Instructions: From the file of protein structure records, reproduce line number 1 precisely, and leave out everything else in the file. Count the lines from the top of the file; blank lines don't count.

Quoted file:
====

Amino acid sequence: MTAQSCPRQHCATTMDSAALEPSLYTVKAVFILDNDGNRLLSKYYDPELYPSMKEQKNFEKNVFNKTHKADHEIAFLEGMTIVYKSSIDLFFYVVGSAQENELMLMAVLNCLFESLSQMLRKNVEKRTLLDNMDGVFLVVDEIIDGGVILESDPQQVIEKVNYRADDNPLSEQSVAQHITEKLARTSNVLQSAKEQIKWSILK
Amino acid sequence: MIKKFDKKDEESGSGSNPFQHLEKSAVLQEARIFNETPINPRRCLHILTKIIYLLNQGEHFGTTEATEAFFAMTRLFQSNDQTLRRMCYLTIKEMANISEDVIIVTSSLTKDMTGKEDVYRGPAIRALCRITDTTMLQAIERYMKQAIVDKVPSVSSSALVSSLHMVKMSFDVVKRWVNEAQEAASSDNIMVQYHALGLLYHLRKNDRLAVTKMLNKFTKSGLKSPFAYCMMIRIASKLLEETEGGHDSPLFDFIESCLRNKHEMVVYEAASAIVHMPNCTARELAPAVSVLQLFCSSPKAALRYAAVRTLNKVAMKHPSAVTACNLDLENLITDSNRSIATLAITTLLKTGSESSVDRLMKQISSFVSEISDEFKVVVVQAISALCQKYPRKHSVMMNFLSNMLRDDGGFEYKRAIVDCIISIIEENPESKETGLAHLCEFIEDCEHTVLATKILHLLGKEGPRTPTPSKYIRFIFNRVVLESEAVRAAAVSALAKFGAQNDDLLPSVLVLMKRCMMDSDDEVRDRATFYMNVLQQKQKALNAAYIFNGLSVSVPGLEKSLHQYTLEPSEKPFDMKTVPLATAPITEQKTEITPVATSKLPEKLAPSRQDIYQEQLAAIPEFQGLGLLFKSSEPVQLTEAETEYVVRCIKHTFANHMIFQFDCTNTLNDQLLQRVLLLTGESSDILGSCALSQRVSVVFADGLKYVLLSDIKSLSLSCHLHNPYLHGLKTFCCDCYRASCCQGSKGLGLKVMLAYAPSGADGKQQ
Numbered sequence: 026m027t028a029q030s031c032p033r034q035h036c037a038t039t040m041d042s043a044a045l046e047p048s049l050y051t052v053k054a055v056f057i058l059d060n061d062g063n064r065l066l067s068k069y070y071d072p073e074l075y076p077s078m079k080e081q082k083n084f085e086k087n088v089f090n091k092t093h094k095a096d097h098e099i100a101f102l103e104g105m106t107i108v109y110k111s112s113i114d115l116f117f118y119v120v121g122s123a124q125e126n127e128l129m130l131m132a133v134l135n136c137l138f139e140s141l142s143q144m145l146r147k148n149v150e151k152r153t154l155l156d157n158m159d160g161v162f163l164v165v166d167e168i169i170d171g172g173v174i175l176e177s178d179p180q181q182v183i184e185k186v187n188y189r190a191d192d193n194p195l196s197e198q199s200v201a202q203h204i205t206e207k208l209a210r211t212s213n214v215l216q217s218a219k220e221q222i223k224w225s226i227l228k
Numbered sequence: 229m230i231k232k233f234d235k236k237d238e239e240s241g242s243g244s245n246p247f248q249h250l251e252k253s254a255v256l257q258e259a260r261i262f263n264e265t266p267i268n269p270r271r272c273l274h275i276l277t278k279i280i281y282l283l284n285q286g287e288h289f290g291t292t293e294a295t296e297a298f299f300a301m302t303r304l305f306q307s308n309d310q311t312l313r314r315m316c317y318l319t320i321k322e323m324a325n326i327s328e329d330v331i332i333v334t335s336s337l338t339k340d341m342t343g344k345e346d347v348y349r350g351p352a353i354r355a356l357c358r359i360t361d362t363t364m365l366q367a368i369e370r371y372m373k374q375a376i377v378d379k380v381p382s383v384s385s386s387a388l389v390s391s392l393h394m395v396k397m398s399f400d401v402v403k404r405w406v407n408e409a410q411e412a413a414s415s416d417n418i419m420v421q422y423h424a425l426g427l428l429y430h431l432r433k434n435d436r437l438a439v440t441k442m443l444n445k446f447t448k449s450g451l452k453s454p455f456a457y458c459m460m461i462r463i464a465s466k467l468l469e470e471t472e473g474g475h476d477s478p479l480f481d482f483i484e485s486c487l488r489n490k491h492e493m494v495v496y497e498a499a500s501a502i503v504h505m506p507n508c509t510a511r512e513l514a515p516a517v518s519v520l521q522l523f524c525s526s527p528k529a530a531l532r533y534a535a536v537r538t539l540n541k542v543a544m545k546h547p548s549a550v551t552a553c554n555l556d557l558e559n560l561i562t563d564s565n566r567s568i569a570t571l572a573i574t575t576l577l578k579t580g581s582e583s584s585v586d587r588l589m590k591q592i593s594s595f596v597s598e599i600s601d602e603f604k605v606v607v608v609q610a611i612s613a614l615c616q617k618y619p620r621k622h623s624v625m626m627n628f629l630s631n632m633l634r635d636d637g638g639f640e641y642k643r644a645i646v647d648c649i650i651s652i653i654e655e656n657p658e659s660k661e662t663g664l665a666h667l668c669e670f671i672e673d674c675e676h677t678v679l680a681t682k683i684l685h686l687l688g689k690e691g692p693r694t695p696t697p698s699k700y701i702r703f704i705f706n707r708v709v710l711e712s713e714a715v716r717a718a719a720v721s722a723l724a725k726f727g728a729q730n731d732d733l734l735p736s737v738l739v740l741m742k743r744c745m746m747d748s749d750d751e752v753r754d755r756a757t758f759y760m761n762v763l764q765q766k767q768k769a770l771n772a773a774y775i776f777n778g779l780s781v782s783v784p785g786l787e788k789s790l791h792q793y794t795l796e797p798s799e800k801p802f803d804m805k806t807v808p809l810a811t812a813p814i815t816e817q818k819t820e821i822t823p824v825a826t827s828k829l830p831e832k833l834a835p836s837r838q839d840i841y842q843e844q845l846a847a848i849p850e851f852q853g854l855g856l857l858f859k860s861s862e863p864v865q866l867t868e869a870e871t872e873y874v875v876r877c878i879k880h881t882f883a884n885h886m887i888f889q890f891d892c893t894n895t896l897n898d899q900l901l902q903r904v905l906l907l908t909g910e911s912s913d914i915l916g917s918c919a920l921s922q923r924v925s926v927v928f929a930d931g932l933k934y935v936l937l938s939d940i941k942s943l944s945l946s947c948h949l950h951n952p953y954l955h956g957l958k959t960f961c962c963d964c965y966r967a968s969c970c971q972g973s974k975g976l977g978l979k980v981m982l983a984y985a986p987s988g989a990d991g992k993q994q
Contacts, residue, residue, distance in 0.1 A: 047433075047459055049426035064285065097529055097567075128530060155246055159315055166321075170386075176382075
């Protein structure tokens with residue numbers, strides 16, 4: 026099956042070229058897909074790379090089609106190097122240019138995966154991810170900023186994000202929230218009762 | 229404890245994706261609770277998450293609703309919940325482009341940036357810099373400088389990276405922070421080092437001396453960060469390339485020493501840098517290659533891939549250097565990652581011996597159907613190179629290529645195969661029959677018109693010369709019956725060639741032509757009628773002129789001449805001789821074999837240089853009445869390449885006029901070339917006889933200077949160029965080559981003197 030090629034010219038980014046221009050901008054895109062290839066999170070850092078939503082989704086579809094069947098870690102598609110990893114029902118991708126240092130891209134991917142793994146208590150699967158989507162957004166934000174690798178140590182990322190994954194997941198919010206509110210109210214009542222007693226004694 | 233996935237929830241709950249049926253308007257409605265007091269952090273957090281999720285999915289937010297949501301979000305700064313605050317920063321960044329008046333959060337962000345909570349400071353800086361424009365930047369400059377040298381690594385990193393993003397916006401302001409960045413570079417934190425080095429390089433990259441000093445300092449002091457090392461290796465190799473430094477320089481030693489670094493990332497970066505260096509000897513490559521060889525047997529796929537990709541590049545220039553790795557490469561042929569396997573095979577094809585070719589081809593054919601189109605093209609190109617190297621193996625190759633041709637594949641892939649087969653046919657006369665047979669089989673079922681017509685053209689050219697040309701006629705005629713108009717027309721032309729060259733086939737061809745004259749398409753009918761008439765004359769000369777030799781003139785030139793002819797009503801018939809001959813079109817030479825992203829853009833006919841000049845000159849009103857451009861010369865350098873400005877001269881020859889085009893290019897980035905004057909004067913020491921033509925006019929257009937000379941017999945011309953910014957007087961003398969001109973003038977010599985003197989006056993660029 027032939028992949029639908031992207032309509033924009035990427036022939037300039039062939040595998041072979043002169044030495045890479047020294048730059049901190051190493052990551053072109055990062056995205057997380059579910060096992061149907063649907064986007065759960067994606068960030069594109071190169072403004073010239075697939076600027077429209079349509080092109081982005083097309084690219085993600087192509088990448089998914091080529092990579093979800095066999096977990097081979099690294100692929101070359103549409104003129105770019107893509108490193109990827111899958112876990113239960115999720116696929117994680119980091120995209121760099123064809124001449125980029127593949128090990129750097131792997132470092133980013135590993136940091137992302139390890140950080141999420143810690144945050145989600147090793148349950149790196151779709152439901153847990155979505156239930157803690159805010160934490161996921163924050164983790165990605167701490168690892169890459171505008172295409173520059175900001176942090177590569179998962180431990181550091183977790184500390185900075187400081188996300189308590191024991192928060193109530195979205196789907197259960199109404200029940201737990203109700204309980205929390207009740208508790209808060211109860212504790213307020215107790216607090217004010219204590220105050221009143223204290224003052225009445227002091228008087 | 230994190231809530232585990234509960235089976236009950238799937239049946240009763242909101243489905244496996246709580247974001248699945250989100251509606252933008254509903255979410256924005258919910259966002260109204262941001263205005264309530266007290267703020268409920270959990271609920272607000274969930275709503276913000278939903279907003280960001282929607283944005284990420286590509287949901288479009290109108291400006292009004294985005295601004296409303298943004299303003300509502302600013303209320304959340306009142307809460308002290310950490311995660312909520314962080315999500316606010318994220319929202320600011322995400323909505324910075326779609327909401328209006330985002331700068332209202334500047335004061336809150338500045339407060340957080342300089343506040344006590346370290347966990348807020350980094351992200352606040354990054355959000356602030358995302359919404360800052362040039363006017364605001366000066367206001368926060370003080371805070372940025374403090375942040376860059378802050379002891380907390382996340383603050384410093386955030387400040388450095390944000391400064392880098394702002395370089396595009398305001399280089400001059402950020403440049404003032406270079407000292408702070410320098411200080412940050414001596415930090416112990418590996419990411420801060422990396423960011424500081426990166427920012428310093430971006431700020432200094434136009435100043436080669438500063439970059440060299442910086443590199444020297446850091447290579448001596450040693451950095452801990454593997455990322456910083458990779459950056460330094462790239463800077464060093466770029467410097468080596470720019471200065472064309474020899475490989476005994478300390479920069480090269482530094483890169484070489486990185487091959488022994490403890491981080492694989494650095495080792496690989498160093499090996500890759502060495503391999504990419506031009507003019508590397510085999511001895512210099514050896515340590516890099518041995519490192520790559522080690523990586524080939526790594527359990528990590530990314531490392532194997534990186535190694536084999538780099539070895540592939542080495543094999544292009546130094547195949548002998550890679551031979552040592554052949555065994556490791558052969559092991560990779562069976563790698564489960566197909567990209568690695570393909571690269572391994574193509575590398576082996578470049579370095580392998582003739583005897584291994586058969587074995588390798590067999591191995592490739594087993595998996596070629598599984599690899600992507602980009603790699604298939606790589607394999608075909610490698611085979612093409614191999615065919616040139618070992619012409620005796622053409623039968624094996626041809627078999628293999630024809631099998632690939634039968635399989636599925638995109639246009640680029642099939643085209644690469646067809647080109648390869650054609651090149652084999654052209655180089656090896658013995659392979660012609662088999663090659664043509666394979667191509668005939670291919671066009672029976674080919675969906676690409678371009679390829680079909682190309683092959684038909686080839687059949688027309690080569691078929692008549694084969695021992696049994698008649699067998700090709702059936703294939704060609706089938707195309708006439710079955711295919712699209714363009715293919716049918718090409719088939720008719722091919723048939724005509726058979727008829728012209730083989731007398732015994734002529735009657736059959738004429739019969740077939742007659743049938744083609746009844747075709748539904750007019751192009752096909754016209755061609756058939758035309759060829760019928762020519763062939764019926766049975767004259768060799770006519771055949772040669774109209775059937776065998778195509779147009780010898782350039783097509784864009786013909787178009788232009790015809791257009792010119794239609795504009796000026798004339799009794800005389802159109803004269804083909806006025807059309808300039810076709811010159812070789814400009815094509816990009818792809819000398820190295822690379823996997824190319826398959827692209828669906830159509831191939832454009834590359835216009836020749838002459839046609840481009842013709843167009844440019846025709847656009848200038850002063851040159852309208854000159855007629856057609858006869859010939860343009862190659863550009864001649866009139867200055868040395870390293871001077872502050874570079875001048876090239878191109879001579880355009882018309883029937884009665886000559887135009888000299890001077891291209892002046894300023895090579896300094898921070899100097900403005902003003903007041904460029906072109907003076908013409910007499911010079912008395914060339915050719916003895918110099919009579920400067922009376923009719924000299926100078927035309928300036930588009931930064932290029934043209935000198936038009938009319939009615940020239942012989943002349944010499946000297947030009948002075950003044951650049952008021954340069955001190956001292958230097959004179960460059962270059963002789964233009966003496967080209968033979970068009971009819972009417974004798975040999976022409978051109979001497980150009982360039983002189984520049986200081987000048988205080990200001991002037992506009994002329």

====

Amino acid sequence: MTAQSCPRQHCATTMDSAALEPSLYTVKAVFILDNDGNRLLSKYYDPELYPSMKEQKNFEKNVFNKTHKADHEIAFLEGMTIVYKSSIDLFFYVVGSAQENELMLMAVLNCLFESLSQMLRKNVEKRTLLDNMDGVFLVVDEIIDGGVILESDPQQVIEKVNYRADDNPLSEQSVAQHITEKLARTSNVLQSAKEQIKWSILK